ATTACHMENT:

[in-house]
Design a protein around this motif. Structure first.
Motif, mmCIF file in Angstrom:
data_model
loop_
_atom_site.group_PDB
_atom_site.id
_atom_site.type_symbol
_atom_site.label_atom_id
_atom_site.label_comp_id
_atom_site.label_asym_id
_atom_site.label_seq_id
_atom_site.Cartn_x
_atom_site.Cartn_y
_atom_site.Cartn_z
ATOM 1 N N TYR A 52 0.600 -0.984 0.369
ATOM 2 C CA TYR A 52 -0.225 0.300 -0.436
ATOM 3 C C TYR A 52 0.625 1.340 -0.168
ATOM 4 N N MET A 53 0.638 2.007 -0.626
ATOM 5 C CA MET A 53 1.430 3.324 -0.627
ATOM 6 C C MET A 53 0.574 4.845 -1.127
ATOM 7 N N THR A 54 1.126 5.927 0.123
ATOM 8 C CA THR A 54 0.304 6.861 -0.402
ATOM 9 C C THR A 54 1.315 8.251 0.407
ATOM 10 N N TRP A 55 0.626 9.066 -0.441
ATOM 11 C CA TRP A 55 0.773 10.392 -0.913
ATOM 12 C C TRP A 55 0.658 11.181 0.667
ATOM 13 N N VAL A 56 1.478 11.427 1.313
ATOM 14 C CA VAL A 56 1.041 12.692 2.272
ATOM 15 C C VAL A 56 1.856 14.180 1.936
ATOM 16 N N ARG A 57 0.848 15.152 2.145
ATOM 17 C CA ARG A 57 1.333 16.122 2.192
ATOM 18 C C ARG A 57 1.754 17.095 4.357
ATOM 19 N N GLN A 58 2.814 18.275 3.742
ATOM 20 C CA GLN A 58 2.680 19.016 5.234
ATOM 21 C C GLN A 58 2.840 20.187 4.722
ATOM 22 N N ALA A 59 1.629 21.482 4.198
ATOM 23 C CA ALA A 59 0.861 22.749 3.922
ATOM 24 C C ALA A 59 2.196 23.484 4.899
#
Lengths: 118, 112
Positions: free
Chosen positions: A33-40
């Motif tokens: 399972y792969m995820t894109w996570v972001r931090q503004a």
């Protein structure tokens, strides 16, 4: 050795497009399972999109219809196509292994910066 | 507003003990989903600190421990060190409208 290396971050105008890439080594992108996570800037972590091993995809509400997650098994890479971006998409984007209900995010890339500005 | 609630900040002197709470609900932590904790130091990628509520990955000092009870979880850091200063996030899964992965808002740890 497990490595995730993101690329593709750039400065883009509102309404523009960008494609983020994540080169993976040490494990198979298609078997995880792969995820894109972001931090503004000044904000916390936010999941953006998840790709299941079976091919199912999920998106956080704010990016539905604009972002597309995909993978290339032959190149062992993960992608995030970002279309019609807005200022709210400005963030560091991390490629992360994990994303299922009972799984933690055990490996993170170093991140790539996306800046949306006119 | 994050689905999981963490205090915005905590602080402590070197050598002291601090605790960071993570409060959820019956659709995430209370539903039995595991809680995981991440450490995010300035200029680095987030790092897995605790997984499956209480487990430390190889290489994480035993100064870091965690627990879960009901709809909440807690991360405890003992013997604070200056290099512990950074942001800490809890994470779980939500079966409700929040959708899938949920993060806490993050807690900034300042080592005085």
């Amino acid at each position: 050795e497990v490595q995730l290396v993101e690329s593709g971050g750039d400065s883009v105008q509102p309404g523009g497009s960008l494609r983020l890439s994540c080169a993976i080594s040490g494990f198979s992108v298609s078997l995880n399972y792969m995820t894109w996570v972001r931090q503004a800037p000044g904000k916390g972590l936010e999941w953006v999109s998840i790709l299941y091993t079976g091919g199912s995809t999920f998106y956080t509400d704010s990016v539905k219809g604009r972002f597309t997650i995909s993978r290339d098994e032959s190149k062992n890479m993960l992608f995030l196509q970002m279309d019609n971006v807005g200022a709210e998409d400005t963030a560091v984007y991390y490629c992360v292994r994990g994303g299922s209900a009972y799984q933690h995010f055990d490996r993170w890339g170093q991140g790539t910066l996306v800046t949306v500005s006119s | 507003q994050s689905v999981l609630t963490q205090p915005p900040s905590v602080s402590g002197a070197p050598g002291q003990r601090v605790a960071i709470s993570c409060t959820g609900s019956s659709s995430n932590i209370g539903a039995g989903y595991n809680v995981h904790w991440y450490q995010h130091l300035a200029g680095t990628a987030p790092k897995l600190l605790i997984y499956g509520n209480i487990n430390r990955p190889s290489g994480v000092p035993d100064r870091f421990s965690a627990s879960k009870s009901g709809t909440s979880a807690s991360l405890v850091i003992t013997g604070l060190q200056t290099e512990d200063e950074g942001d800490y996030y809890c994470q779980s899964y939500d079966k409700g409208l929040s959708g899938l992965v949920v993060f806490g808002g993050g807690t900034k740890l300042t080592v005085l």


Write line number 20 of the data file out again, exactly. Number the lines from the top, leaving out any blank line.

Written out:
ATOM 5 C CA MET A 53 1.430 3.324 -0.627